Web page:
Regardless of whether SBKC remains good law, we conclude that it does not apply in this case. In SBKC, we held that a remand order is reviewable if it is “based on a substantive determination of contract law, rather than purely procedural issues.” 105 F.3d at 581. Prohibiting review in such cases, we stated, “would deprive litigants of the right to an appeal on the merits.” Id. For this reason, several circuits permitted appeals of remands based on venue clauses prior to Powerex. See id. (collecting cases). But even before Powerex, several of our sibling circuits distinguished between remand orders based on factors extrinsic to the removal process and those intrinsic to that process.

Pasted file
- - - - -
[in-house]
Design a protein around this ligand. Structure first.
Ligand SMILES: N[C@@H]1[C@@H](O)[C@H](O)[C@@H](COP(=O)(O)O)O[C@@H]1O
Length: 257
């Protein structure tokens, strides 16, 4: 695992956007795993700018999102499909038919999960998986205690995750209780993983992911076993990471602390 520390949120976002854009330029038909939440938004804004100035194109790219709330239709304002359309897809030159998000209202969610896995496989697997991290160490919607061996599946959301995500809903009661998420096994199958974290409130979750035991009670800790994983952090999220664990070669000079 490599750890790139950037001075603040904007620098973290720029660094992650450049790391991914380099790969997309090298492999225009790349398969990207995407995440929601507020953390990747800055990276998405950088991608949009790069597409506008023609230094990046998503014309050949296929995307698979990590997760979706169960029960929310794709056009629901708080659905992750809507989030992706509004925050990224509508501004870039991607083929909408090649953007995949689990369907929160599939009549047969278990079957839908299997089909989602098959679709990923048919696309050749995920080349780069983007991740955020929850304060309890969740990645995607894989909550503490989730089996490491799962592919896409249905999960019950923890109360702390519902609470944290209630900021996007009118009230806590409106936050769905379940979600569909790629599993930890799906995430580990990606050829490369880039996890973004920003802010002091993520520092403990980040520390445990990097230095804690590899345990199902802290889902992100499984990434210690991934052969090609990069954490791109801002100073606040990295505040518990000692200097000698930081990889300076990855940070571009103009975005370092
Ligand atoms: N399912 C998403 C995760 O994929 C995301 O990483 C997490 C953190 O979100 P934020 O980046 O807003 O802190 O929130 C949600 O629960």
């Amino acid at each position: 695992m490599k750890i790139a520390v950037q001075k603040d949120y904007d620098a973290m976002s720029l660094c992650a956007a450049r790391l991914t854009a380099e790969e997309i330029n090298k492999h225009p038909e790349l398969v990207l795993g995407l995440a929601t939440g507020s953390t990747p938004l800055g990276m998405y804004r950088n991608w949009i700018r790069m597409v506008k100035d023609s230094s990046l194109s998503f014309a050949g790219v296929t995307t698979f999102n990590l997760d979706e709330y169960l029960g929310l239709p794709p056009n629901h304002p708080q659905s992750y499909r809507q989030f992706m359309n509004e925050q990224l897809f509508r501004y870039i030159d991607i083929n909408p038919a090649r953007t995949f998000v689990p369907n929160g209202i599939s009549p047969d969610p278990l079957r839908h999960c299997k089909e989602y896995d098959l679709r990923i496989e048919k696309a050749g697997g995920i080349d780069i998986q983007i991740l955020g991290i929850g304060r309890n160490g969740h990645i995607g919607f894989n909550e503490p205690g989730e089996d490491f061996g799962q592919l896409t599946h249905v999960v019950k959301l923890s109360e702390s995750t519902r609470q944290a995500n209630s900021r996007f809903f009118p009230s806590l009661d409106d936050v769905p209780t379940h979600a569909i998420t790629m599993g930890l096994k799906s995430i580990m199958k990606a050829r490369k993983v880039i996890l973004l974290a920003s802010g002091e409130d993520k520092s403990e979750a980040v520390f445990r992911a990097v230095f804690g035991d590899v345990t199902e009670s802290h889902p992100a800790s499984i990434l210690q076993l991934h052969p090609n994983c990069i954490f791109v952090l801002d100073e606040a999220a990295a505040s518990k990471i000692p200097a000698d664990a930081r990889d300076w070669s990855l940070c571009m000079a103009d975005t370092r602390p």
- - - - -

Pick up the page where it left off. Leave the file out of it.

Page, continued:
For instance, the Ninth Circuit has held that it lacked jurisdiction to review a remand order based on waiver through participation in state court. Schmitt v. Ins. Co. of N. Am., 845 F.2d 1546, 1551 (9th Cir.1988), superseded on other grounds as stated in Balcorta v. Twentieth Century–Fox Film Corp., 208 F.3d 1102, 1106 n. 6 (9th Cir.2000). The court in Schmitt distinguished prior precedent (including Pelleport ), which held that waiver-based remand orders are reviewable:
The critical distinction ․ is that the district court in [a prior case] based its finding of waiver on an adjudication of the merits of an issue presented in that case, i.e., whether the employee's handbook authorized the plaintiff to select the forum․ Here, in contrast, the district court based its finding of waiver on an examination of the state court's docket entries. The district court in the present case did not resolve any substantive matter concerning the merits of the dispute.
Id. at 1550–51.